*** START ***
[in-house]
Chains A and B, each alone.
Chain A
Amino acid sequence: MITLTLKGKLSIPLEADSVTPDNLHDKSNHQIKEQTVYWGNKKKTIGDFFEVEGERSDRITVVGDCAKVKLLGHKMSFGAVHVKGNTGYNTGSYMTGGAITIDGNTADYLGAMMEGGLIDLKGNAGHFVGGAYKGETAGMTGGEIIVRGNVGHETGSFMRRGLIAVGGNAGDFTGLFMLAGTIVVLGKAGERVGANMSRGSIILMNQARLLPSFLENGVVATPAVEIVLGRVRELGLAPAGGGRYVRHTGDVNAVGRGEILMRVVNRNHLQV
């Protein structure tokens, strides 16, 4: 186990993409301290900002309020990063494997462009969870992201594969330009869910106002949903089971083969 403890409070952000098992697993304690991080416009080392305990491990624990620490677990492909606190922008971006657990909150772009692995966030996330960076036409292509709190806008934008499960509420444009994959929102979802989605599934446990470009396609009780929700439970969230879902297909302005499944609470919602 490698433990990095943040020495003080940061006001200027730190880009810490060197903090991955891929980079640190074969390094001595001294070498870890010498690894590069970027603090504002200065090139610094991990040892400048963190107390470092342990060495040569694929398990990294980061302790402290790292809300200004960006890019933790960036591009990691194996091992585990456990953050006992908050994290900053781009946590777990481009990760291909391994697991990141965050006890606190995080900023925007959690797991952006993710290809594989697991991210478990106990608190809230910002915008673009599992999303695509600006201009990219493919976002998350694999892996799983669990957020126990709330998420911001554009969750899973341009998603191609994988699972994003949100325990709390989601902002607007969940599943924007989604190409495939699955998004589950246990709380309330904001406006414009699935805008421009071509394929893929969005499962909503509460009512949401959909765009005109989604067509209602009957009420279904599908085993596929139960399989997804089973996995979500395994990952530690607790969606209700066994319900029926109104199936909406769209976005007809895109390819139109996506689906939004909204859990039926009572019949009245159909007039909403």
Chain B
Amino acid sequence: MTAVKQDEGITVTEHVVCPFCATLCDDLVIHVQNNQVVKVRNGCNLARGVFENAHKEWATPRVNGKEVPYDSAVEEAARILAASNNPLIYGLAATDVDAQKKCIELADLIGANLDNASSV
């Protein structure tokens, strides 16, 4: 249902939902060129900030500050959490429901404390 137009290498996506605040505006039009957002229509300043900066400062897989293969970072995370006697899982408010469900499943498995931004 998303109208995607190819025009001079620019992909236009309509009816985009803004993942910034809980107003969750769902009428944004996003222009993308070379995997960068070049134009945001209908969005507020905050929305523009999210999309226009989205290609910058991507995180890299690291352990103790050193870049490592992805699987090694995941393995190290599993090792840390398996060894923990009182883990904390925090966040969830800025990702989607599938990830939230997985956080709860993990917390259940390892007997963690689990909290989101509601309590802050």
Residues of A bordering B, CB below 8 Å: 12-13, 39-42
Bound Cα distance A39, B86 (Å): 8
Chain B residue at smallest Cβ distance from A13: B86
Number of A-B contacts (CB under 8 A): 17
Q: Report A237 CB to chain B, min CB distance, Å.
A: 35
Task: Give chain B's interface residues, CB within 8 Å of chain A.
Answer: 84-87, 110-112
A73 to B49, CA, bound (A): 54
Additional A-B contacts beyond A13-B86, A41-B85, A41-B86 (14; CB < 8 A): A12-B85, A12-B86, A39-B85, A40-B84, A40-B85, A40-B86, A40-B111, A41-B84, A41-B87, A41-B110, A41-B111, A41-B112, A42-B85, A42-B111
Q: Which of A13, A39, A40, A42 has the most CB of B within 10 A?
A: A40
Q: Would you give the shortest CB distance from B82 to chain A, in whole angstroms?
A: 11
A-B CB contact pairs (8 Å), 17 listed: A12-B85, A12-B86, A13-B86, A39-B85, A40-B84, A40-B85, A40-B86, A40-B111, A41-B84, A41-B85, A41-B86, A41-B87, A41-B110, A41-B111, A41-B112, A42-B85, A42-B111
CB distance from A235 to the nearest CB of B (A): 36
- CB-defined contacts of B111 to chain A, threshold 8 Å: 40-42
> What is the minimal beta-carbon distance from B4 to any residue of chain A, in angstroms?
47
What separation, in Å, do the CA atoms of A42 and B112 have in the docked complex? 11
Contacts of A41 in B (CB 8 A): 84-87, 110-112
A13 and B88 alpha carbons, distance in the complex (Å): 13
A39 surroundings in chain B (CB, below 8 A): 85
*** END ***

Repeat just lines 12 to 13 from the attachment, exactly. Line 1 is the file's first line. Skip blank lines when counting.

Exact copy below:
Number of A-B contacts (CB under 8 A): 17
Q: Report A237 CB to chain B, min CB distance, Å.